Chicago Guide to Independent and Underground Cinema
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:: Friday, MAY 28 - Thursday, JUNE 3 ::


Orson Welles' OTHELLO (International Revival)
Doc Films (University of Chicago) - Sunday, 7pm 
In a rare, unmissable screening, Doc Films will present Orson Welles' original cut of OTHELLO. This version has remained commercially unavailable since the early 1990s, when Welles' daughter supervised a "restoration" that drastically altered the film's soundtrack, going so far as to hire sound-alike performers to re-record portions of the dialogue. This was a great loss since, according to Welles scholar Jonathan Rosenbaum, the original is a feat of audio design, as well as visual, imagination. As he wrote in 1995: "Working on OTHELLO without the resources of Hollywood sound equipment, Welles aimed for a rawness in such sound effects as crashing waves, colliding curtain rings, and echoing footsteps. Drawing from his prodigious radio experience, he partly compensated for his inferior [camera] equipment with subtle atmospheric effects dubbed in later and integrated with the music." This rawness extends to much of the aesthetic of the film, which Welles produced independently over a four-year period, shooting when he could afford the celluloid and altering certain scenes when he lacked for resources. (In a justly celebrated example, Welles reset the murder of Rodrigo in a Turkish bath so he could film it without costumes.) All of this makes OTHELLO a watershed in both Welles' career and the history of independent filmmaking, but what of the movie itself?  To cite Jack Jorgens' Shakespeare on Film, it is "one of the few Shakespeare films in which the images on the screen generate enough beauty, variety, and graphic power to stand comparison with Shakespeare's poetic images. [Welles'] visual images compensate for the inevitable loss of complexity and dramatic voltage accompanying heavy alterations in the text." Some of the most powerful images include centuries-old Moorish architecture (found in Italy and Morocco), shot in ever-surprising Expressionist angles, and the looming faces of the cast, which brings a silent cinema intensity to the characterizations. (1952, 90 min, 16mm) BS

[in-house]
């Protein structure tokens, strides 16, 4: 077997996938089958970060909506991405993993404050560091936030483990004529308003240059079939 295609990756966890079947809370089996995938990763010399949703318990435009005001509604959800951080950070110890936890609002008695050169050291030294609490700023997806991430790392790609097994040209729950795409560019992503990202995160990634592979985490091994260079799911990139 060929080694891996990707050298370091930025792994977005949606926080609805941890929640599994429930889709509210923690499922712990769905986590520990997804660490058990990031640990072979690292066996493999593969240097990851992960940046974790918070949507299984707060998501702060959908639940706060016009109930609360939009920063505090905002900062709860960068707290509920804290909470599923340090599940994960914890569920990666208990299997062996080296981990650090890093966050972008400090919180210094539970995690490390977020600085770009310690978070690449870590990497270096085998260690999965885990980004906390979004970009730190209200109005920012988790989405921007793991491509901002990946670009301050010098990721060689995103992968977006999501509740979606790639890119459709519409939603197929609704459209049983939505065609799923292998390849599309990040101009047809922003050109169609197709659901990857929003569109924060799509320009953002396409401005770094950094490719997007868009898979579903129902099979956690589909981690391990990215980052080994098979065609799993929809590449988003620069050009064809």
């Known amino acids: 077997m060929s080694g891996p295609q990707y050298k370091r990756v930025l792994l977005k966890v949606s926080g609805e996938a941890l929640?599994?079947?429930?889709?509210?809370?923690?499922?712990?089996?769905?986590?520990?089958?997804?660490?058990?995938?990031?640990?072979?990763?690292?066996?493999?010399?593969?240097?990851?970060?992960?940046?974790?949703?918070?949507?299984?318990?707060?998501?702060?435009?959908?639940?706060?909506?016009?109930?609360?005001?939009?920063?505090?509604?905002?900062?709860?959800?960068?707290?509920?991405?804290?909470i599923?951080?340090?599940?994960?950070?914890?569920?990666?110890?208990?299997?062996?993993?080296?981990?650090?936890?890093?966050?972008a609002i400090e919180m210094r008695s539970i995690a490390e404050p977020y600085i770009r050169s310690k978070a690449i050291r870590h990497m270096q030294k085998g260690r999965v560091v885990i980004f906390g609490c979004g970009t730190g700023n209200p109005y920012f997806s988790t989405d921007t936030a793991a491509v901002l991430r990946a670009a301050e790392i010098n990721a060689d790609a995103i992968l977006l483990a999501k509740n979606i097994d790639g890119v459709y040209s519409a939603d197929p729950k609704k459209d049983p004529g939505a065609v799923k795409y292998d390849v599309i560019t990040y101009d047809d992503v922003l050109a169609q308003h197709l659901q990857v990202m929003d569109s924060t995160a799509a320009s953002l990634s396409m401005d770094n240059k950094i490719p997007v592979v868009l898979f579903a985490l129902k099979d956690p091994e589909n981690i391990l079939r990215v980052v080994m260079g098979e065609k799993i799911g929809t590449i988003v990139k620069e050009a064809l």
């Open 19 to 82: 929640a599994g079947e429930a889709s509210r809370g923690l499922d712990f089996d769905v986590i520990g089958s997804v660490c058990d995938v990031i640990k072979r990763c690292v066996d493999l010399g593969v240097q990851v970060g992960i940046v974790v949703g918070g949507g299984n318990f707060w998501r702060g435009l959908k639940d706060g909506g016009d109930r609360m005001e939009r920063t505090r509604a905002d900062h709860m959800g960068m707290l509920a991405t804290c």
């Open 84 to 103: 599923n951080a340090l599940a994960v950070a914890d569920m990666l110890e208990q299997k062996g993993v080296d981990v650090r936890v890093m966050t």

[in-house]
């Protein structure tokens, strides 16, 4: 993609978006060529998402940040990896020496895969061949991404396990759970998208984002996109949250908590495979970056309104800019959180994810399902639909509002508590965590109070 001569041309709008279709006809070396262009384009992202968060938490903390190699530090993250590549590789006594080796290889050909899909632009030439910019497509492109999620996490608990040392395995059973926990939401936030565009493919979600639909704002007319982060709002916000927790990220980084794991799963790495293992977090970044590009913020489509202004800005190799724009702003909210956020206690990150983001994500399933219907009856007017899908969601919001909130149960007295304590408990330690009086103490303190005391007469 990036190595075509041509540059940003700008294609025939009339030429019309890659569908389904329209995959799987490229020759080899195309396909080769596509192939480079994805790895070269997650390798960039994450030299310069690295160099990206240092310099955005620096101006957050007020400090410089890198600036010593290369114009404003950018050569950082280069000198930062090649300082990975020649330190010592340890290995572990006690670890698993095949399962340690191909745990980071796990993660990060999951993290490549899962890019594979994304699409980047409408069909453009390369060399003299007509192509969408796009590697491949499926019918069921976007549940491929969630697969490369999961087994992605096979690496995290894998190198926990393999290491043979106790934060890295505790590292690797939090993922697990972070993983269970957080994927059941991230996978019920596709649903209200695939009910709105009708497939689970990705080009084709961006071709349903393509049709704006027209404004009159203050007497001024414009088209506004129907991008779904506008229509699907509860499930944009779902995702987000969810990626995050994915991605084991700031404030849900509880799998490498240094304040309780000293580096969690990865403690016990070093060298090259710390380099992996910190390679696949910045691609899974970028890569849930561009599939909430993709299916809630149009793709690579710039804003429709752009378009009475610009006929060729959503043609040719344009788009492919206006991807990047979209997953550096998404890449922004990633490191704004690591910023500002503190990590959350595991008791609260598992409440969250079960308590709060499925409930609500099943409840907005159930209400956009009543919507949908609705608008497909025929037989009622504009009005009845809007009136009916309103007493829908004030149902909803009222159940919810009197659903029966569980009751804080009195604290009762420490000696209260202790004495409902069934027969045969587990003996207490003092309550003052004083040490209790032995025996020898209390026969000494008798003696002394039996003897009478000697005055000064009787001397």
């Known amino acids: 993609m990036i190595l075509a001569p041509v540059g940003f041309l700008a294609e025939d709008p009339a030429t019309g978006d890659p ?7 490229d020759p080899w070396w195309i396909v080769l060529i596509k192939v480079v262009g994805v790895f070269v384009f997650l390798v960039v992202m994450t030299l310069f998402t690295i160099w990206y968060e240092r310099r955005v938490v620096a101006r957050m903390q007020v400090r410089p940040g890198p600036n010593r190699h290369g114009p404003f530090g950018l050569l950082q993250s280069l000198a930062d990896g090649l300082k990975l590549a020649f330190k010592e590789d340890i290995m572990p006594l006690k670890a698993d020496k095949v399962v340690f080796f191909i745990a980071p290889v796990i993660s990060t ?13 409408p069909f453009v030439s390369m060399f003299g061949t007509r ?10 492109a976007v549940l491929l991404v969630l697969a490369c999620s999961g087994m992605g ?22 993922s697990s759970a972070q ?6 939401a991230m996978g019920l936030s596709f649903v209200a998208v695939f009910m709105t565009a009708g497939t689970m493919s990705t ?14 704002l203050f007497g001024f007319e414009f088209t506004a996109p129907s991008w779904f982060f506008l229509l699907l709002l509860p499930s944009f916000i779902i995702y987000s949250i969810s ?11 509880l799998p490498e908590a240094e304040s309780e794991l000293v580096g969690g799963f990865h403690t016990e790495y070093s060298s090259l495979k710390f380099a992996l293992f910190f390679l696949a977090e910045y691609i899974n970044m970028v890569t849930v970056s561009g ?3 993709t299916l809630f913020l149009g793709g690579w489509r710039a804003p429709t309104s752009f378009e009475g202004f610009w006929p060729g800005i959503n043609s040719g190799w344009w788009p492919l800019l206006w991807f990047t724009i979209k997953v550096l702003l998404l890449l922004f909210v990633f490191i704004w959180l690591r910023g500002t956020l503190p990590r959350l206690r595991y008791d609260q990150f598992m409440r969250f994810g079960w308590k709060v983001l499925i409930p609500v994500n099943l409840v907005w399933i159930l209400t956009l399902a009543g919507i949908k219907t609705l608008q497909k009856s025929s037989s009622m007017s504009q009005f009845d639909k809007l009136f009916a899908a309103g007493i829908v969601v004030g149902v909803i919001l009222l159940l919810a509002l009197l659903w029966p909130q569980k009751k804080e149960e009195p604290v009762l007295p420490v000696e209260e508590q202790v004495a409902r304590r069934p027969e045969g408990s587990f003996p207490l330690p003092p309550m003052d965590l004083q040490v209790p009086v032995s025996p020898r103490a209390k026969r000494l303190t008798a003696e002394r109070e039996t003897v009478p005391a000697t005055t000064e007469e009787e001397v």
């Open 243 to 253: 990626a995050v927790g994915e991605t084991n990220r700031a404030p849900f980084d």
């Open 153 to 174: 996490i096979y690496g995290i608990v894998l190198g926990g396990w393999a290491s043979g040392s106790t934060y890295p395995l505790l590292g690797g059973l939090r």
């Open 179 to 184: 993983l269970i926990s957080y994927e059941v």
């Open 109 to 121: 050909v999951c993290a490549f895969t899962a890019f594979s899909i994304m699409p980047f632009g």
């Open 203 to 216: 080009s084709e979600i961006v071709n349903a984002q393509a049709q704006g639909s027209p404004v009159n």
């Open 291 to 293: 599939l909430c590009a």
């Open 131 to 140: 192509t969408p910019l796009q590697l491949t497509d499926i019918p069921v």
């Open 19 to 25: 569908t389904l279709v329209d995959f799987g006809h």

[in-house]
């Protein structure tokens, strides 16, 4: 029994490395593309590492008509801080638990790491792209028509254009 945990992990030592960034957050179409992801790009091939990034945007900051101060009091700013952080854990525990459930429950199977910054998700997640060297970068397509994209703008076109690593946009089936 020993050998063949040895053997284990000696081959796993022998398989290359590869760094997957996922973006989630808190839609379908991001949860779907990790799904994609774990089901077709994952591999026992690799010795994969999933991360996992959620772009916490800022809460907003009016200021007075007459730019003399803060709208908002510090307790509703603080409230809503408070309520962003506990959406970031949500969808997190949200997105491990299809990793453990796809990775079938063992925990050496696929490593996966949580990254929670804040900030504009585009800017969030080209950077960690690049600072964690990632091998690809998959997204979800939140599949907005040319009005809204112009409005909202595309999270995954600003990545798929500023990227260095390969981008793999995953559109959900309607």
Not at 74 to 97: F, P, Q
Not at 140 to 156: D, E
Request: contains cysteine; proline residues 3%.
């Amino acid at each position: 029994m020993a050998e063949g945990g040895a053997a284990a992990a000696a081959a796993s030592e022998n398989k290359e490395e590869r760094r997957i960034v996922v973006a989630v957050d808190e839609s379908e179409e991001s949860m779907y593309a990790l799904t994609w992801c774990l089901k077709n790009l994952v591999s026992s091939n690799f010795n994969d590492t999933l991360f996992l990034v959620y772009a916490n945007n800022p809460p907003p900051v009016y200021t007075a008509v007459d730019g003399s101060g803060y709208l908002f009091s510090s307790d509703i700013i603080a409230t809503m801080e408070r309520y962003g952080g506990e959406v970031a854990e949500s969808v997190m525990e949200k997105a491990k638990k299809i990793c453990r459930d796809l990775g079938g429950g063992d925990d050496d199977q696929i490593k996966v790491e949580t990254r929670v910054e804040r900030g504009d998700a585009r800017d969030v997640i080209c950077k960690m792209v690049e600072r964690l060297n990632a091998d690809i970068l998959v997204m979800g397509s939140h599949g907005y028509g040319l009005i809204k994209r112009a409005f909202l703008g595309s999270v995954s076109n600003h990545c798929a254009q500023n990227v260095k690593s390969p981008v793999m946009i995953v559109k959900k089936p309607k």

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Mia Hansen-Love's THE FATHER OF MY CHILDREN (New French)